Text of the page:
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'Cattle and sheep are being hand-fed and prepped to be taken by criminals'

Around 2,000 thefts from farmyards are reported each year. Farmers are being urged to be vigilant.

Source: TheJournal.ie/YouTube

FARMERS ARE BEING urged to be on the lookout for suspicious activity around their land and property – and to take note of anything out of place, even if it appears insignificant at first.

Crime prevention officer with the Irish Farmers’ Association Colin Connolly, who spoke to TheJournal.ie at the Ploughing Championships this week, said it was important for farm-owners and managers to take photos of their vehicles and equipment and to register them in the TheftStop scheme.

More than 28,000 farm-related crime incidents have been reported to the gardaí since 2010, according to the latest CSO figures.

The most common incidents are thefts from farmyards, with more than 2,000 incidents being reported every year since 2010. The next most common occurrence is theft from outhouses or sheds, followed by burglary.

A Garda initiative to directly tackle organised burglary gangs, Operation Thor, was launched late last year.

“Suspicious activity comes in many shapes and forms,” Connolly said – noting that he had been told of two recent cases where it was believed livestock were hand-fed by criminals, days before they were taken.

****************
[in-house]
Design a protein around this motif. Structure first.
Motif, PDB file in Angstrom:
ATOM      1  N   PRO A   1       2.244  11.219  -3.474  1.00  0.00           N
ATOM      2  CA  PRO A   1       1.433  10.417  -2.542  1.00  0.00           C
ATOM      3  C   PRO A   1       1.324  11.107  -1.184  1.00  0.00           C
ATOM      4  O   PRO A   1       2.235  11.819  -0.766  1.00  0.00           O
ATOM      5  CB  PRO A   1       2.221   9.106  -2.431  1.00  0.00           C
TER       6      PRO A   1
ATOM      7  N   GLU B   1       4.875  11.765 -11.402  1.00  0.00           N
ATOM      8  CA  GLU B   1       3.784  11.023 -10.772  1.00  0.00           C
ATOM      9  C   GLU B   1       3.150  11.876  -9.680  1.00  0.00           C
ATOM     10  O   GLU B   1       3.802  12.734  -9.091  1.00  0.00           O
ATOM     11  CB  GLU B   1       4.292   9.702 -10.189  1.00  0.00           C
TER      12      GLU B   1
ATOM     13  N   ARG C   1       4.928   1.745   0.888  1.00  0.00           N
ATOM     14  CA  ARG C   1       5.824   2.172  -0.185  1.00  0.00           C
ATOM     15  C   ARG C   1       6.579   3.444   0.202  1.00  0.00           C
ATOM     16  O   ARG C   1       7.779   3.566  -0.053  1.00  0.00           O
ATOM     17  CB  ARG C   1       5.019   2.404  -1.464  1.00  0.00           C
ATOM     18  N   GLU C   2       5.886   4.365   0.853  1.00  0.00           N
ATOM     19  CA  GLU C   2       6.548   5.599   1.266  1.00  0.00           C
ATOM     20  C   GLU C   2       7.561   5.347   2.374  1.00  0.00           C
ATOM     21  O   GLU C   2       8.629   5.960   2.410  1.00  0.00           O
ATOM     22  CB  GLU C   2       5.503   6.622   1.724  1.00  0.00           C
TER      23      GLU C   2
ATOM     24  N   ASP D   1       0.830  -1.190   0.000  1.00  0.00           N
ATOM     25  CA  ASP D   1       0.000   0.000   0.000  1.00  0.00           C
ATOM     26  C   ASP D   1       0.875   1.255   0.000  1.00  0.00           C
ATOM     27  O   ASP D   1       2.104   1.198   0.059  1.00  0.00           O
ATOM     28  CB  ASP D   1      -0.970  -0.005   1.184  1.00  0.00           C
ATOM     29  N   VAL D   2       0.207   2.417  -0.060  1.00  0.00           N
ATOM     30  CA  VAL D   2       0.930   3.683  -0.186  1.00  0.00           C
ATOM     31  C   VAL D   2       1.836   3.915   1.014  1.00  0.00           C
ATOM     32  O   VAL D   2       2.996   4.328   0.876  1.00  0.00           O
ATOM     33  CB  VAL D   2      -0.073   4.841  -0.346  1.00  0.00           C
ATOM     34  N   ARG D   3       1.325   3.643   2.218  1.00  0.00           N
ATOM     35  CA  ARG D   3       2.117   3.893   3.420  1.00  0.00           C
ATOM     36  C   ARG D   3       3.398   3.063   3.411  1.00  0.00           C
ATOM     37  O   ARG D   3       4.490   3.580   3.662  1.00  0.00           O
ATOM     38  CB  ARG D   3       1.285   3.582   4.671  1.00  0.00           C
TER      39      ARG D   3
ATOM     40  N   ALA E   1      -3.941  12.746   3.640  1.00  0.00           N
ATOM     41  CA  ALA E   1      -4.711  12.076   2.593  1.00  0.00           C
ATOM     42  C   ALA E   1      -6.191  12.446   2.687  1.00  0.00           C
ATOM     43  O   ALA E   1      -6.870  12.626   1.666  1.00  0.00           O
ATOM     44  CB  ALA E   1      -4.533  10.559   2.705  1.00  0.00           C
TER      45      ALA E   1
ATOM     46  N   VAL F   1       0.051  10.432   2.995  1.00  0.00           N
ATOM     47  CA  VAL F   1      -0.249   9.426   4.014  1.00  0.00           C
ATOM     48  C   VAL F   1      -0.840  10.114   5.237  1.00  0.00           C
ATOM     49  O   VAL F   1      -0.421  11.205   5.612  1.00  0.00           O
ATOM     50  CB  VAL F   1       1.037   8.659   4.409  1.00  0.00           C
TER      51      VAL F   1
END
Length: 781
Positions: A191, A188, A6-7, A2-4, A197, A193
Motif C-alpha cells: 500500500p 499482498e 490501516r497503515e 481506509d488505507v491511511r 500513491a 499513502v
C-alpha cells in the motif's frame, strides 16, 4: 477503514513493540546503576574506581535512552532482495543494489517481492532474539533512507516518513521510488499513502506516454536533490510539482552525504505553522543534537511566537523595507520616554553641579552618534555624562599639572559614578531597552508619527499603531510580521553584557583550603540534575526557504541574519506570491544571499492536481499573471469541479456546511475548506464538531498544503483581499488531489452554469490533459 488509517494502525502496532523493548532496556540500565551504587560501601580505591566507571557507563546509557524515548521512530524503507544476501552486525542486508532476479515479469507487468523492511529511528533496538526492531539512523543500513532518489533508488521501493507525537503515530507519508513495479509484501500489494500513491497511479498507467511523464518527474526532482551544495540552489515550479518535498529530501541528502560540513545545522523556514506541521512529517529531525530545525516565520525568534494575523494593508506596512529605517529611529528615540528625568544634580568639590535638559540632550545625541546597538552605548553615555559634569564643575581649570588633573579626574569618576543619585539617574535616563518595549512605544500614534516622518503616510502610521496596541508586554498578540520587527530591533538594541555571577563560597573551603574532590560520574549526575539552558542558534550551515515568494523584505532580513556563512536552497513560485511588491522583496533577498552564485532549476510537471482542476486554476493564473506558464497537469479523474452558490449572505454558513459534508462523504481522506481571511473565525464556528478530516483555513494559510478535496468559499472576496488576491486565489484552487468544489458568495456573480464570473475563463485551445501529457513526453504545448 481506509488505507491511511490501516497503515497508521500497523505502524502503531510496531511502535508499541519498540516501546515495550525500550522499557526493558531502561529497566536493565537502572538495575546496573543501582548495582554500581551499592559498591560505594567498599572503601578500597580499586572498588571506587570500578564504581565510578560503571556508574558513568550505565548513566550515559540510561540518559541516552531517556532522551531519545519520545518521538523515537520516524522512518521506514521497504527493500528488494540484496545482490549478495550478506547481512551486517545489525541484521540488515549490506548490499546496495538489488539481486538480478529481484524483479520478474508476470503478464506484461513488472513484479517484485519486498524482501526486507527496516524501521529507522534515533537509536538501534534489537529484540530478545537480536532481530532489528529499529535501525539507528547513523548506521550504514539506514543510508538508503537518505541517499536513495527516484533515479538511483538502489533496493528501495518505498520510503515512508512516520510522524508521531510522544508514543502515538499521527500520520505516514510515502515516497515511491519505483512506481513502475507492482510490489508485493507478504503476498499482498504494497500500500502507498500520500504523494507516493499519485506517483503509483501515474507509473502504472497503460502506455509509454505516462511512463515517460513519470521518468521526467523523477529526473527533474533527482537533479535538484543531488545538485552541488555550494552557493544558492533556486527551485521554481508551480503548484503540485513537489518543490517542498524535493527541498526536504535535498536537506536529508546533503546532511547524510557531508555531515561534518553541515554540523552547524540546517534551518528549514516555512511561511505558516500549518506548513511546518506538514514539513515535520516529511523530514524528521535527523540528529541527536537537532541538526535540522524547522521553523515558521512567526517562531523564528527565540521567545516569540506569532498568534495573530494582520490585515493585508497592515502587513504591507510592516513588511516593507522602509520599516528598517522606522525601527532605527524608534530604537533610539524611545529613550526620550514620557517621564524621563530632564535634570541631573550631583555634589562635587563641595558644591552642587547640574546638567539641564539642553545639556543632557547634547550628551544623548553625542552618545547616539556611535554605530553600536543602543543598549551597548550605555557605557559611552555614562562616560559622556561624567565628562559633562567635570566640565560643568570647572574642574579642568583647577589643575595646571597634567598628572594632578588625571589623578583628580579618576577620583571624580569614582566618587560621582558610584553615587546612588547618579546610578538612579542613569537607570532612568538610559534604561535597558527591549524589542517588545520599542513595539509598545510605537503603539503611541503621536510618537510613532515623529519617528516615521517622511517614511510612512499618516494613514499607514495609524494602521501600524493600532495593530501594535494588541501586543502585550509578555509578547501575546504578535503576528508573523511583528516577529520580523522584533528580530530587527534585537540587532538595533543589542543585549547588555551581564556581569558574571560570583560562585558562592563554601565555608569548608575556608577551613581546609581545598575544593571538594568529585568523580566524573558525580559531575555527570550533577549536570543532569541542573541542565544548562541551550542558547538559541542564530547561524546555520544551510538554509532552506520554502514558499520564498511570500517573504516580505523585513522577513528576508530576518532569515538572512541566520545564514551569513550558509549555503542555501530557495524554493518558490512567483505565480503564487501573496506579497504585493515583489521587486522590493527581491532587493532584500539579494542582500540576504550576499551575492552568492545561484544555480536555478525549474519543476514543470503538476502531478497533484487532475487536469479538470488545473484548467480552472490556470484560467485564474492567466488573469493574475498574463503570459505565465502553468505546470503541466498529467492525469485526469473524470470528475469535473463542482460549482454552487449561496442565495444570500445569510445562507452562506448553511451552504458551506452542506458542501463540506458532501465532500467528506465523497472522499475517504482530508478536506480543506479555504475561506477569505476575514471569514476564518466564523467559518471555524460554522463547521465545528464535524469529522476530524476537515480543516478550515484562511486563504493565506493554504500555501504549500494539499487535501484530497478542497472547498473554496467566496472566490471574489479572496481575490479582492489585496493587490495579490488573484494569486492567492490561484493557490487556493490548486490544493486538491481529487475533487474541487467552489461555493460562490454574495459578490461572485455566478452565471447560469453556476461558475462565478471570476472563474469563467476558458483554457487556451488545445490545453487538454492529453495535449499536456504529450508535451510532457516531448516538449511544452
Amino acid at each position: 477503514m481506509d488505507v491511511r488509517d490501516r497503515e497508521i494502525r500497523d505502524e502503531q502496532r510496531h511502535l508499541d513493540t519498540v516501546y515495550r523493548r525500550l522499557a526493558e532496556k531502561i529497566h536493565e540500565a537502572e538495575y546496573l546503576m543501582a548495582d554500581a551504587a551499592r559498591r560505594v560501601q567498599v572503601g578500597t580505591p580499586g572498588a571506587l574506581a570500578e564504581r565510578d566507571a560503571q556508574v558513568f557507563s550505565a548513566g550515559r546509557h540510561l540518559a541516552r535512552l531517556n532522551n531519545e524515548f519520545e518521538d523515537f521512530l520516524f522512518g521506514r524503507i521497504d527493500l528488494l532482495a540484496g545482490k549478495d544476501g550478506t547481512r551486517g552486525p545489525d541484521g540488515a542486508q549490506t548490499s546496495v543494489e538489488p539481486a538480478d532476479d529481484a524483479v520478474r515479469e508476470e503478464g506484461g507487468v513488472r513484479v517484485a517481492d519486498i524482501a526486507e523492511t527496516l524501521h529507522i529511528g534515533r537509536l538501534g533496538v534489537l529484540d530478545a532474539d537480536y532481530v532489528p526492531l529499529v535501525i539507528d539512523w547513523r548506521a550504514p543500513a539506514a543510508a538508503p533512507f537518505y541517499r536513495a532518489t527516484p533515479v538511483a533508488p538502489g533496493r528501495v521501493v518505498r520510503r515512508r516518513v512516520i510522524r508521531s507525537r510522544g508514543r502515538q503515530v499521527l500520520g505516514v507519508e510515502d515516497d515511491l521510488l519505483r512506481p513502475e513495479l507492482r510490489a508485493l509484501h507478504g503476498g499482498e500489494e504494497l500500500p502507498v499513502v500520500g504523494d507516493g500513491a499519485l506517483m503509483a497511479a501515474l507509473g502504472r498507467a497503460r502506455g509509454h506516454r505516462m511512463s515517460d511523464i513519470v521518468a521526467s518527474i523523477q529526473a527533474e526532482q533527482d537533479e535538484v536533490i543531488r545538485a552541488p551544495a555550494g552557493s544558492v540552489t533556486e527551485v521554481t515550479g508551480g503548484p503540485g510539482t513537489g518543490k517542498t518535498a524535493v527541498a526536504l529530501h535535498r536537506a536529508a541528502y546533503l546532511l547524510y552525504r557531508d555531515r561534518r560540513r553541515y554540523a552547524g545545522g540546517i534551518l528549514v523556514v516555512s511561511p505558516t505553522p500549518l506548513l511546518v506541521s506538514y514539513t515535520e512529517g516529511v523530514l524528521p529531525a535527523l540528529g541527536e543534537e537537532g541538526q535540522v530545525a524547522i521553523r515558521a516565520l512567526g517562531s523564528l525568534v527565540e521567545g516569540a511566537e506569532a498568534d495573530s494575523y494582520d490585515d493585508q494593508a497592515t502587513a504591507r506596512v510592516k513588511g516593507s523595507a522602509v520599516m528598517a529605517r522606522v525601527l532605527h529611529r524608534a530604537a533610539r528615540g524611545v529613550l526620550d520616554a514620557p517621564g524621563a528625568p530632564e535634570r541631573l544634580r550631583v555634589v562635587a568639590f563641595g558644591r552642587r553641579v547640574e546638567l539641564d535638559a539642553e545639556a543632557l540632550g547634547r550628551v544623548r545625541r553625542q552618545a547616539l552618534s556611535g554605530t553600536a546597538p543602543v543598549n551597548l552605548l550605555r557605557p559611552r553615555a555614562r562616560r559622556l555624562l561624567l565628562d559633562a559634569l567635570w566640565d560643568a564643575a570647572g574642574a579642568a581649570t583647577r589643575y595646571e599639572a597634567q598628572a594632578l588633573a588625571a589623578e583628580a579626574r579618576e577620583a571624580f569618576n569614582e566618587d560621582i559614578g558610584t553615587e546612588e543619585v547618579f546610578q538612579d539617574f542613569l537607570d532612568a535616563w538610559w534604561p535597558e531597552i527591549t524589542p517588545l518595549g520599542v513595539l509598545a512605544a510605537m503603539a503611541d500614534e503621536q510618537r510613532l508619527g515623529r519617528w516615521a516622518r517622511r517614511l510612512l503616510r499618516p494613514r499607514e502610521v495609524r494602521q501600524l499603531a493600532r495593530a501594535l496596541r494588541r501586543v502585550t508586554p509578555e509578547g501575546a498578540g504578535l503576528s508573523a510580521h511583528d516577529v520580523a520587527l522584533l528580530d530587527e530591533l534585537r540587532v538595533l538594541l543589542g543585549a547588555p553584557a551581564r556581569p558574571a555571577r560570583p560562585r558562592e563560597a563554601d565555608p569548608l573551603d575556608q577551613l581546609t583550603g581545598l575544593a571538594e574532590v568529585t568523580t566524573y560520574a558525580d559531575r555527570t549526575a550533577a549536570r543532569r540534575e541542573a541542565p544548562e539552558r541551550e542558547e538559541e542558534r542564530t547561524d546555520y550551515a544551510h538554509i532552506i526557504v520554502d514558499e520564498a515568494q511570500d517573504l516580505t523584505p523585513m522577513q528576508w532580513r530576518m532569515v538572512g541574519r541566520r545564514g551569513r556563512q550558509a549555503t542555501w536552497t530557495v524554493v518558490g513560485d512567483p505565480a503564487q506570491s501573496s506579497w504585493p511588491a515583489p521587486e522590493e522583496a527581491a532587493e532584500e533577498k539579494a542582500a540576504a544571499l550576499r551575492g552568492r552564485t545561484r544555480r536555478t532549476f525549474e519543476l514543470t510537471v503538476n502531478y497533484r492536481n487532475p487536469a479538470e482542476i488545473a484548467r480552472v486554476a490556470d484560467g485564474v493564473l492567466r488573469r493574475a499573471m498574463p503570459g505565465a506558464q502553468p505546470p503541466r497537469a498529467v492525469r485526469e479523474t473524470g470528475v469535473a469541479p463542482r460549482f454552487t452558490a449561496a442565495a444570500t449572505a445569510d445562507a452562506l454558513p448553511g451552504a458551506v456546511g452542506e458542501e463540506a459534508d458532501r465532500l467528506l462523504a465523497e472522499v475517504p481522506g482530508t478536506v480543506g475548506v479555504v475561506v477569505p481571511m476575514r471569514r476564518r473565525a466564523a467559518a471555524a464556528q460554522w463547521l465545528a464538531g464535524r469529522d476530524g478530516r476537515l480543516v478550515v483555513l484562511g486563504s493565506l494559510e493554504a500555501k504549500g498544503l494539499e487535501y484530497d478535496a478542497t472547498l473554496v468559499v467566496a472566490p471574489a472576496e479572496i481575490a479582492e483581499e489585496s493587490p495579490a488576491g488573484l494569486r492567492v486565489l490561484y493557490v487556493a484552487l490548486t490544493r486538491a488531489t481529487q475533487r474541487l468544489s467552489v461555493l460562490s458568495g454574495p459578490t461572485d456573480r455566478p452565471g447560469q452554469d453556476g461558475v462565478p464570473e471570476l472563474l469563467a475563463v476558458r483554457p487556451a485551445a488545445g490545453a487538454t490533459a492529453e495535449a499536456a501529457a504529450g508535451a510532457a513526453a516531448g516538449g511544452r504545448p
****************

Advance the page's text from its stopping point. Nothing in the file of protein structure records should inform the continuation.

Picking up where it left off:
“If you have cattle or livestock, if you feel your cattle or livestock are not taking feed as they normally would, just be on the lookout.

I’ve spoken to farmers who have had sheep taken and when they’ve looked back in hindsight they think that the sheep haven’t been taking their feed properly for a number of weeks and the sheep happened to be taken.

shutterstock_359718683 Source: Shutterstock/Stockimo

Connolly urged farmers to be on the lookout for fence-posts that had been removed or flattened, and said a close eye should be kept on how animals were behaving.

In some scenarios, cattle and sheep are being hand-fed and being prepped to be taken by criminals. That demonstrates a degree of organised criminality to it.

“In my own experience criminals tend to scope an environment at the time when they plan to commit their crime – so they want to replicate the scenario. They’re not going to visit the property at 2 o’clock in the day because they want to see what the property will be like at 2 o’clock in the morning.”

The TheftStop scheme, which farmers are being advised to sign up to, gives a unique registered ID that farmers can mark their machinery with, making the items more difficult to sell on and therefore less attractive for thieves.

Read: A new fund could give farmers a chance to diversify their businesses>

Read: Almost 40 sheep killed in dog attack on west Kerry farm>

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